Typically, it is this mantra, Om Mani-Padme Hum, that is wound about the central axis of the cylinder. It is not a prayer in any usual sense of the word, but a part of a program of spiritual practice involving visualizations, as well as mantra recitations, and one aimed at generating the compassion of a Bodhisattva within oneself. At the same time, it may be repeated (with much scriptural justification) to allay all sorts of mundane fears as well as anxieties about future rebirths.

- 'On the Origin and Significance of the Prayer Wheel According to Two Nineteenth-Century
Tibetan Literary Sources
' by Dan Martin

Re: om Mani Padme Hung Meaning

Posted: Thu May 17, 2018 4:16 pm
by conebeckham ... 0963037102

There is much to say about this mantra. Kyabje Bokar Rinpoche's book is a great resource for anyone practicing Chenrezig.

Re: om Mani Padme Hung Meaning

Posted: Sun Jun 03, 2018 7:38 pm
by Tirisilex
This site really get's into the meaning and power of the mantra Om Mani Padme Hung. ... e-hung.htm

Re: om Mani Padme Hung Meaning

Posted: Mon Jun 04, 2018 3:23 pm
by Nicholas Weeks
The Mani is very profound, here is bodhisattva Dilgo Khyentse Rinpoche on some of its riches:
Chenrezi's six-syllable mantra, OM MANI PADME
HUM, is the compassionate wisdom of all the Buddhas manifested
as sound. Within it is contained the essential meaning of
all eighty-four thousand sections of the Buddha's teachings. Of
all the many mantras of various kinds, such as awareness mantras,
dharanis, and secret mantras, not one is superior to the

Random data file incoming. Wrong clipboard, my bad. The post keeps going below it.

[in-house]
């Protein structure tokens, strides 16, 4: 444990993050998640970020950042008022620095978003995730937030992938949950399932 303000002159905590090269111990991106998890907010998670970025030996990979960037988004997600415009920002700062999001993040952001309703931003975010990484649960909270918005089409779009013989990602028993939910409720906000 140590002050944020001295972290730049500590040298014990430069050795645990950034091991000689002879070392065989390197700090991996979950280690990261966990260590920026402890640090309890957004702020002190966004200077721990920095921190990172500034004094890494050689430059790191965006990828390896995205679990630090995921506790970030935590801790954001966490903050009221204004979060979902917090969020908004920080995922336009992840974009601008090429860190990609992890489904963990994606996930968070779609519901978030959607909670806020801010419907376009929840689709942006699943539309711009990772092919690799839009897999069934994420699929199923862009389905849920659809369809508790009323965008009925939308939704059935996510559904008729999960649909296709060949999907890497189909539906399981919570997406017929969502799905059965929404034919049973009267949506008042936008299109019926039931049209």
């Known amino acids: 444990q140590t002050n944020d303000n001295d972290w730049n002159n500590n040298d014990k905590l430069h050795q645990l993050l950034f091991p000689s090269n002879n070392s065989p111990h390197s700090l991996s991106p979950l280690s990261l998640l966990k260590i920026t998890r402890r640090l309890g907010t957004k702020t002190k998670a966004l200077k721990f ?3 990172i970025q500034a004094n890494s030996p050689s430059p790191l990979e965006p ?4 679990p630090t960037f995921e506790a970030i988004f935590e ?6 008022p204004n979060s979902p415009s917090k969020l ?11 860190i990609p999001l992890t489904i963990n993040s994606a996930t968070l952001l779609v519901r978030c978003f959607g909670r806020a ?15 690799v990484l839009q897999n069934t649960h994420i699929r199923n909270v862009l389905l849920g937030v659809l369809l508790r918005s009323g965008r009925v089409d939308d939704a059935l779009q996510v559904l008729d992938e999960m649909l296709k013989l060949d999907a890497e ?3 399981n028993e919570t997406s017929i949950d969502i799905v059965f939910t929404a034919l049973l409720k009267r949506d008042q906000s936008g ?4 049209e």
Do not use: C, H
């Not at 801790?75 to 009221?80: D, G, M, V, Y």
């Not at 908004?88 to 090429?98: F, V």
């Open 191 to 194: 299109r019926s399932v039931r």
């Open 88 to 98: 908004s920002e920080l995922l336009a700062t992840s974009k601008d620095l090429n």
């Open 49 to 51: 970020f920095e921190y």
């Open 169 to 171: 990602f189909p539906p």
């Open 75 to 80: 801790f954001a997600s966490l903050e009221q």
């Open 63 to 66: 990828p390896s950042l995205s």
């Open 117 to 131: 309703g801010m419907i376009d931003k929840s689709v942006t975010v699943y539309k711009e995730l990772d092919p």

six syllables of Chenrezi. The great benefits of reciting this
mantra, commonly known as the mani, are described again and
again in both sutras and tantras. It is said that to recite the mani
even once is the same as reciting the whole of the twelve
branches of the Buddha's teachings. Reciting the six syllables
of the mani perfects the six paramitas and firmly blocks any
possibility of rebirth in the six realms of Samsara. It is a simple
practice, easy to understand and accessible to all, and at the same
time it contains the essence of the Dharma. If you take the mani
as your refuge both in happiness and in sorrow, Chenrezi will
always be with you, you will feel more and more devotion
without any effort, and all by itself the realization of the
Mahayana path will arise in your being.
Try to get a copy of his commentary on Patrul Rinpoche's Heart Treasure of the Enlightened Ones. It may still be in print.

Here are a few verses from the root text of Patrul Rinpoche: